New Rehabilitation and Technology professor Jorit Meesters wants to innovate rehabilitation care with e-health and care technology
Innovate rehabilitation care to enable patients to receive the best possible care, with the right use of e-health and care technology. That is the ambition of Jorit Meesters, principal researcher at Basalt, expertise centre for rehabilitation medicine and researcher at Leiden University Medical Center (LUMC) and, as of 1 November, also a professor of Rehabilitation and Technology at The Hague University of Applied Sciences (THUAS). This research group is a joint initiative of Basalt and The Hague University of Applied Sciences for research, knowledge and innovation. Many years of cooperation between these partners in care and education have made it possible to address important challenges, such as staff shortages and the increasing complexity of the demand for care, on the basis of knowledge and experience. Rehabilitation care is increasingly supported by ICT and e-health applications.
‘A research group based both in a healthcare institution (Basalt) and a knowledge institution (THUAS) is a very valuable instrument for realising our joint ambitions through practice-based research. Research groups are very good at retrieving questions from professional practice and researching these questions in cooperation with professional practice, education and the business community. From there, we develop solutions which are then actually implemented and evaluated in practice. It’s my goal to continue developing the infrastructure of the Rehabilitation research group, the predecessor of this research group, in the coming years and to carry out innovative projects which can be implemented in the rehabilitation centre as well as more widely’, according to Meesters.
Meesters has also previously worked as a researcher in the Rehabilitation research group, from which Professor Arend de Kloet recently retired. ‘In the Rehabilitation and Technology research group we are continuing the good work of Professor Arend de Kloet with an even greater emphasis on the role of technology in rehabilitation care. Arend was always an innovative professor and enthusiastically involved users, developers as well as students in those innovations. I absolutely want to continue this constant drive for innovation with all parties involved in my research group, together with my knowledge network.’ In addition to the Rehabilitation and Technology research group, the Rehabilitation research group may result in a second research group.
Nearly all projects conducted by the research group involve students and lecturers, often using the four LivingLabs in Basalt. This connection with education is very important, not only for THUAS, but also for the brand-new professor. ‘Previously, we were very keen to have students be aware of the possibilities of e-health in rehabilitation, for example. Now we are no longer satisfied with this; we want future professionals to really use e-health in their daily activities. For this purpose, we have developed the e-health toolkit for education together with lecturers and students. Our aim is for our students to become the innovators of tomorrow, who will come up with ideas and solutions that help to advance healthcare. That is why we not only work together with care-related degree programmes, but also, for example, with the technology faculty of THUAS, a collaboration that I want to expand. It’s incredibly important to ensure that future healthcare professionals and future developers know each other very well and can work together.’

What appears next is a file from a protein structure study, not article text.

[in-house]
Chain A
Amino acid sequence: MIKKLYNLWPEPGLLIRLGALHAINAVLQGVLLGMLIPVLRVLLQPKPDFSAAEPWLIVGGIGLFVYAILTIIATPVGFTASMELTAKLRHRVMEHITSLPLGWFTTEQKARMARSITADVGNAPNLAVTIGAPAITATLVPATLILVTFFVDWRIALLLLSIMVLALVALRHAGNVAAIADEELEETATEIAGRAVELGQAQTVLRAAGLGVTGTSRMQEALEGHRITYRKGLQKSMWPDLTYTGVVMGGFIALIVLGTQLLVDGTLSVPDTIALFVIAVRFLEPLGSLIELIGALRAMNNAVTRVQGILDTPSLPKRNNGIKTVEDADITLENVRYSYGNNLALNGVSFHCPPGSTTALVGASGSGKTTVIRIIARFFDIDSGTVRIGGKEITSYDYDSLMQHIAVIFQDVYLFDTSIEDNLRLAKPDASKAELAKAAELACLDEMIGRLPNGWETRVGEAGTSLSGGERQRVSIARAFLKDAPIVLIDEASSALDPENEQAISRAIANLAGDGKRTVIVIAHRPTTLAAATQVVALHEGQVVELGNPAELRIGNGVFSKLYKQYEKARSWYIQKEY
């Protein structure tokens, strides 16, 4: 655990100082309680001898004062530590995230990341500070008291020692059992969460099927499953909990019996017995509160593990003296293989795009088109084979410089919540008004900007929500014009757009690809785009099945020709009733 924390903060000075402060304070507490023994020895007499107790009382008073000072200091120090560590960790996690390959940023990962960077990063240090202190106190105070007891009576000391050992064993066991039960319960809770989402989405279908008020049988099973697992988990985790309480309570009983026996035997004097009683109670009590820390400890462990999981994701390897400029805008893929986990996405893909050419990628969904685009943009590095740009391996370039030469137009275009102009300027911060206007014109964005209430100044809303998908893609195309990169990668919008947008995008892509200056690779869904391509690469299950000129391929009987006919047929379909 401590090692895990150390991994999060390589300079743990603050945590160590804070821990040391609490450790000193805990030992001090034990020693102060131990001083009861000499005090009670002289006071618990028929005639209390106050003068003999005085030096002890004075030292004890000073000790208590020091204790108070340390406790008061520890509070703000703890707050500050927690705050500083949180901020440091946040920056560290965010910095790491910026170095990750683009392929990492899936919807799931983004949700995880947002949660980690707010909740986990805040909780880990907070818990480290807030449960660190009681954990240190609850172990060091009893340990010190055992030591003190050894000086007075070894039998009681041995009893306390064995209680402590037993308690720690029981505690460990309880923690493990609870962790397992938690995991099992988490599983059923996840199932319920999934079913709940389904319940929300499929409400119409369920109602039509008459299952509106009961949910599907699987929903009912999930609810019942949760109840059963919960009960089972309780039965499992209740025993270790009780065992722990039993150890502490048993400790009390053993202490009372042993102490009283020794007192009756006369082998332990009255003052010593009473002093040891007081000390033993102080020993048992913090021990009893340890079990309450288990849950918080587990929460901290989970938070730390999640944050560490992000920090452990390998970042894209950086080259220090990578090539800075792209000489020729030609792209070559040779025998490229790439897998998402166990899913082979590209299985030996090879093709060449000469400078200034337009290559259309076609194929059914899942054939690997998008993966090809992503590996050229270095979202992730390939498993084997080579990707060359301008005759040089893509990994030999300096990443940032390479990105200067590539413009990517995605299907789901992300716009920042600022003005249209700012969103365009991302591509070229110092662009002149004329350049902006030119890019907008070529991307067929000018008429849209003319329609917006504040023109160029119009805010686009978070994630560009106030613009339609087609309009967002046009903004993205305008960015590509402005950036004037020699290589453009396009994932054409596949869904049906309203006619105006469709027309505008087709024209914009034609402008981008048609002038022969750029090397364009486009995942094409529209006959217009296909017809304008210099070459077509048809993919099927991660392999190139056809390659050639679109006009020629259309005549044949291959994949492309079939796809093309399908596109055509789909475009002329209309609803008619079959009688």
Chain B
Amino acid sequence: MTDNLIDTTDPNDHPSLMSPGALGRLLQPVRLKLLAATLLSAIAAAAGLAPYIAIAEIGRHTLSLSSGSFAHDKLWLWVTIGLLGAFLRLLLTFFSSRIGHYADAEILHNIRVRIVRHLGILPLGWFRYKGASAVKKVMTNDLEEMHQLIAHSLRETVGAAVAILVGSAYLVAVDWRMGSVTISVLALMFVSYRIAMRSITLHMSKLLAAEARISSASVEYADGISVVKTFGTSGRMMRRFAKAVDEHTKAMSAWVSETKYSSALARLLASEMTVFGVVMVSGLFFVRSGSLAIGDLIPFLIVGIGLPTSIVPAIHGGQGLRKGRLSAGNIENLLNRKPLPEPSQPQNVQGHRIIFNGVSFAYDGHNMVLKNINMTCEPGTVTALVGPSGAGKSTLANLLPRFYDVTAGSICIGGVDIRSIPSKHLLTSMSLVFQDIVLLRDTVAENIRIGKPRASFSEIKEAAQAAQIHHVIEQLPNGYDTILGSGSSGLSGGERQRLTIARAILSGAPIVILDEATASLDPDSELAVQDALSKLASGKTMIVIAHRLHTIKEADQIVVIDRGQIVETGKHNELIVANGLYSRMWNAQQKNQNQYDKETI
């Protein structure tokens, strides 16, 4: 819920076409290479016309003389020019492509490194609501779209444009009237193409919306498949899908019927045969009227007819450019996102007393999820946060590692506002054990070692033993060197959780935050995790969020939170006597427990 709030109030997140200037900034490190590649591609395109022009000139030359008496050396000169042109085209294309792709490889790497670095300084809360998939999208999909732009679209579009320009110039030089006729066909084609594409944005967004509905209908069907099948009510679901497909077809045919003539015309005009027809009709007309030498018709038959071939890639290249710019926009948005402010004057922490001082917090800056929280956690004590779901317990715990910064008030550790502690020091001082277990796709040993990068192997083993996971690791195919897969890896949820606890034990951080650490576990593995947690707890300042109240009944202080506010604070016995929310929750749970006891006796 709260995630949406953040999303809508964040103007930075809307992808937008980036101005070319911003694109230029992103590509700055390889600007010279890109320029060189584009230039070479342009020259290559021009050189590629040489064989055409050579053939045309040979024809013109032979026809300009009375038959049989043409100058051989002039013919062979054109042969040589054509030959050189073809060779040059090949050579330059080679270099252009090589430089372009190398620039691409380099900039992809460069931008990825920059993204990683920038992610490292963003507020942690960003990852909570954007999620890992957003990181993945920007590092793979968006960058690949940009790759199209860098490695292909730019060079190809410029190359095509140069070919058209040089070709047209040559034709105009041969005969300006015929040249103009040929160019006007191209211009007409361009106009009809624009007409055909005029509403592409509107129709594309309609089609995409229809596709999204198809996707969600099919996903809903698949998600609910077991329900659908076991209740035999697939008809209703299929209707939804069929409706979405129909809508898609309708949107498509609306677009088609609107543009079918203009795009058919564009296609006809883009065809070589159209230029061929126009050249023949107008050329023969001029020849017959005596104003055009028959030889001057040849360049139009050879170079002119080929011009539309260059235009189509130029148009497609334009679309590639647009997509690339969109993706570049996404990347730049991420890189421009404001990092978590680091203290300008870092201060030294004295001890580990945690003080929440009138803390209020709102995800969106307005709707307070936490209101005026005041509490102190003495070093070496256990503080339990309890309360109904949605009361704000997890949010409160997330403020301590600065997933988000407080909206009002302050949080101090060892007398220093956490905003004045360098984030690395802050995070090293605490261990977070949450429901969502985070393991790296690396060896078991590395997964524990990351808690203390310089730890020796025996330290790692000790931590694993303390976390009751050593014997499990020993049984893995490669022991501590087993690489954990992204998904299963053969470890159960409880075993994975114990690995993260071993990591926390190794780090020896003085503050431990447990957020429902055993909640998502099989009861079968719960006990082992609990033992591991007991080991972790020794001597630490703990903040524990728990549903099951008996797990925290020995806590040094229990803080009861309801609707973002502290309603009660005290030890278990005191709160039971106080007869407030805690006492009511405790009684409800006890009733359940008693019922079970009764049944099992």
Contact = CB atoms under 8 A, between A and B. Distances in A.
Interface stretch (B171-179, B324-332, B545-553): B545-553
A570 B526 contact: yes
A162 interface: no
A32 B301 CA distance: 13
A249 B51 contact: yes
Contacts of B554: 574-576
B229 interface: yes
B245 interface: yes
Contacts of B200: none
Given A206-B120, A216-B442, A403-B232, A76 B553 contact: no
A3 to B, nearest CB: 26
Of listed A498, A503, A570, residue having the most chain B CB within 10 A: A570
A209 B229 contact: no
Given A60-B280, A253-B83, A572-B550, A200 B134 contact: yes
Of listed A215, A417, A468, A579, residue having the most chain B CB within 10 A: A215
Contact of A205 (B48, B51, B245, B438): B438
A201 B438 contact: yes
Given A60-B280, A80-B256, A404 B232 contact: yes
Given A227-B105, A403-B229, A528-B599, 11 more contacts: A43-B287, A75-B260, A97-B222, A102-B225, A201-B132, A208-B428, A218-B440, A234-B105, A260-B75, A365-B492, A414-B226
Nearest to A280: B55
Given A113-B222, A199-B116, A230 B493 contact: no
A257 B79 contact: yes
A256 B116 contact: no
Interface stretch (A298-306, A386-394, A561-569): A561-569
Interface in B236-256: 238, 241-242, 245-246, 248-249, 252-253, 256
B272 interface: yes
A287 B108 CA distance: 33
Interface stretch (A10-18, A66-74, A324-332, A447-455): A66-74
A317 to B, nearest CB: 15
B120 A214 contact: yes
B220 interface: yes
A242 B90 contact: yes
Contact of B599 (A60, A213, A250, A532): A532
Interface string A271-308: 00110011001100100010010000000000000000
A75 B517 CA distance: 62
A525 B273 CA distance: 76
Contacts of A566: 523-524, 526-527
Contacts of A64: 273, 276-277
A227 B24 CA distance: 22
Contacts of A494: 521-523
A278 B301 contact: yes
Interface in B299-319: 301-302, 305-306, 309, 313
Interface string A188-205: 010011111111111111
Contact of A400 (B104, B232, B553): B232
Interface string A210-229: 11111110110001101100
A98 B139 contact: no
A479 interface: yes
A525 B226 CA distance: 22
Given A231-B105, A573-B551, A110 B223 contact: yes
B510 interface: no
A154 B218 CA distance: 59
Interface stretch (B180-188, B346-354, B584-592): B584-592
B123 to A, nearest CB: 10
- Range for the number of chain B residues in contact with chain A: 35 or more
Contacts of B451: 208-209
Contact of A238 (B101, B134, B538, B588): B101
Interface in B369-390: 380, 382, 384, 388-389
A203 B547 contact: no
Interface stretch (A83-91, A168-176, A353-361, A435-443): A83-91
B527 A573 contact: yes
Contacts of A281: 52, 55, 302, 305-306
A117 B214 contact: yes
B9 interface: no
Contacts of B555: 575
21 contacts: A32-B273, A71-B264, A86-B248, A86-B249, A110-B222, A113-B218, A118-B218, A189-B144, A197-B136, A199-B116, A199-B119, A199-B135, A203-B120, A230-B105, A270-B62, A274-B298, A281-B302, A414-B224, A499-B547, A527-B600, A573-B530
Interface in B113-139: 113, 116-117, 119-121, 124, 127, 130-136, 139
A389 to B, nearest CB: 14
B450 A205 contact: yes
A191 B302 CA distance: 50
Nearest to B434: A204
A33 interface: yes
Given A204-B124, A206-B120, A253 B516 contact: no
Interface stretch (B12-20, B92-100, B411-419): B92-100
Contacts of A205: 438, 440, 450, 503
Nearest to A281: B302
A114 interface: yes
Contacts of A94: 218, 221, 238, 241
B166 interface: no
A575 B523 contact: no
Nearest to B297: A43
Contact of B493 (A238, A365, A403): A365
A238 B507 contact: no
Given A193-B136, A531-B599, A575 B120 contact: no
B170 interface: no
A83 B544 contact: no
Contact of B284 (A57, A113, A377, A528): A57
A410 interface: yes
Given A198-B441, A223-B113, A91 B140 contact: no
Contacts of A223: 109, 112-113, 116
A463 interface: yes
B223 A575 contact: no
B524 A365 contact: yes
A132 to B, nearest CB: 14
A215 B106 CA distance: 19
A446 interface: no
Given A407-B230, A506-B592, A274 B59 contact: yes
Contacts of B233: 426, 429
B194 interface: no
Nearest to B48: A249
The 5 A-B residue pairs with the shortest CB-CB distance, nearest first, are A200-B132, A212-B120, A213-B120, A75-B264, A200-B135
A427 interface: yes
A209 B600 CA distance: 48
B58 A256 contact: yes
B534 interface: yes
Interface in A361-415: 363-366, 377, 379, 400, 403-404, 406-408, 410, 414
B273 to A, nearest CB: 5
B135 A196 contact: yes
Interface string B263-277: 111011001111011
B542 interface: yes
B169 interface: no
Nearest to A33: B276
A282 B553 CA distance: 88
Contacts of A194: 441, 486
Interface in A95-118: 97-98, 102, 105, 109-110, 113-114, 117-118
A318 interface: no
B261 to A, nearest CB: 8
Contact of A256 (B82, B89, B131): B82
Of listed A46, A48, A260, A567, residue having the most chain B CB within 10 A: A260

Most citizens of The Hague don't have direct contact with the work of the professor, and that’s a good thing. ‘Not everyone has direct experience with the care in a rehabilitation centre. For those who do, we work on sustainable and innovative rehabilitation care which has added value for our rehabilitation patients. But we also work on innovations which are used outside the rehabilitation centre. For example, physiotherapy practices also work with our innovations.’
The Rehabilitation and Technology research group, together with seven other research groups, forms the Health Innovation Centre of Expertise of The Hague University of Applied Sciences, where more complex health issues are studied and resolved from various angles. ‘That is how the expertise of my research group, together with that of the others, contributes to the health of the citizens of The Hague’, says Meesters.
With 11 locations in and around the regional hospitals in The Hague, Leiden, Alphen aan den Rijn, Zoetermeer, Leiderdorp, Gouda and Delft, Basalt is the largest expertise centre for rehabilitation medicine in the Netherlands and in South Holland, and is always close to its patients.
In addition to 62 rehabilitation physicians, cardiologists and pulmonologists, Basalt has 1,300 staff members including various therapists and nurses. Together they form the specialised teams for, among other things; paediatric, cardiac, lung, pain, ortho, neuro and oncological rehabilitation. As the expertise centre for excellent rehabilitation medicine, Basalt treats approximately 10,000 children, adolescents and adults a year.
Excellent care is guaranteed by permanent innovation and collaboration with a broad rehabilitation care network. LUMC, The Hague University of Applied Sciences, its own SmartLab, and the internal Learning House guarantee scientific support, current research, highly qualified programmes and innovative tools for the patient at Basalt. In addition to patient care, Basalt offers recognised degree programmes for rehabilitation physicians, GZ psychologists, therapists and nurses.